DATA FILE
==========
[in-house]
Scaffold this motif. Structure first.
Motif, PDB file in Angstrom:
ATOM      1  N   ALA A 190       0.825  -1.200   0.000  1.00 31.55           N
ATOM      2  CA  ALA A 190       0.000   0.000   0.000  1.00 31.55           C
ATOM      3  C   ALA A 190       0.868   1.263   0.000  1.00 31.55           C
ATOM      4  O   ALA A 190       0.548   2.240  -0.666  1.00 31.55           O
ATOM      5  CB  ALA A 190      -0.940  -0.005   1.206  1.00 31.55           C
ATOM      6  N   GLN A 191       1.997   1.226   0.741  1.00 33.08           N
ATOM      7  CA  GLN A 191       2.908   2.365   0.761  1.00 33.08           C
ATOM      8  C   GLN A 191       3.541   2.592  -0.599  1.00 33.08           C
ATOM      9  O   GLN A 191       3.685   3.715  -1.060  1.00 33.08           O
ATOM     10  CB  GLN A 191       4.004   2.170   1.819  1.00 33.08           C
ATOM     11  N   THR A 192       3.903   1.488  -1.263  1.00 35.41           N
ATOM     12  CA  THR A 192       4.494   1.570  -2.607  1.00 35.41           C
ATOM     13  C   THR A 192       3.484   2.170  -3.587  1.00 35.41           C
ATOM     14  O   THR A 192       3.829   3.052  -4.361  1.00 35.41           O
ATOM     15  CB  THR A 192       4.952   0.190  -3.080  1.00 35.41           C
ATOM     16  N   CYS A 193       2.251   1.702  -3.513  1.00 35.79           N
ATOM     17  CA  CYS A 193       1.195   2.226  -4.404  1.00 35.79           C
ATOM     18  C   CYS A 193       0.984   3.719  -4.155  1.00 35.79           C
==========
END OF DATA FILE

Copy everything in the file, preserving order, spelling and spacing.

[in-house]
Scaffold this motif. Structure first.
Motif, PDB file in Angstrom:
ATOM      1  N   ALA A 190       0.825  -1.200   0.000  1.00 31.55           N
ATOM      2  CA  ALA A 190       0.000   0.000   0.000  1.00 31.55           C
ATOM      3  C   ALA A 190       0.868   1.263   0.000  1.00 31.55           C
ATOM      4  O   ALA A 190       0.548   2.240  -0.666  1.00 31.55           O
ATOM      5  CB  ALA A 190      -0.940  -0.005   1.206  1.00 31.55           C
ATOM      6  N   GLN A 191       1.997   1.226   0.741  1.00 33.08           N
ATOM      7  CA  GLN A 191       2.908   2.365   0.761  1.00 33.08           C
ATOM      8  C   GLN A 191       3.541   2.592  -0.599  1.00 33.08           C
ATOM      9  O   GLN A 191       3.685   3.715  -1.060  1.00 33.08           O
ATOM     10  CB  GLN A 191       4.004   2.170   1.819  1.00 33.08           C
ATOM     11  N   THR A 192       3.903   1.488  -1.263  1.00 35.41           N
ATOM     12  CA  THR A 192       4.494   1.570  -2.607  1.00 35.41           C
ATOM     13  C   THR A 192       3.484   2.170  -3.587  1.00 35.41           C
ATOM     14  O   THR A 192       3.829   3.052  -4.361  1.00 35.41           O
ATOM     15  CB  THR A 192       4.952   0.190  -3.080  1.00 35.41           C
ATOM     16  N   CYS A 193       2.251   1.702  -3.513  1.00 35.79           N
ATOM     17  CA  CYS A 193       1.195   2.226  -4.404  1.00 35.79           C
ATOM     18  C   CYS A 193       0.984   3.719  -4.155  1.00 35.79           C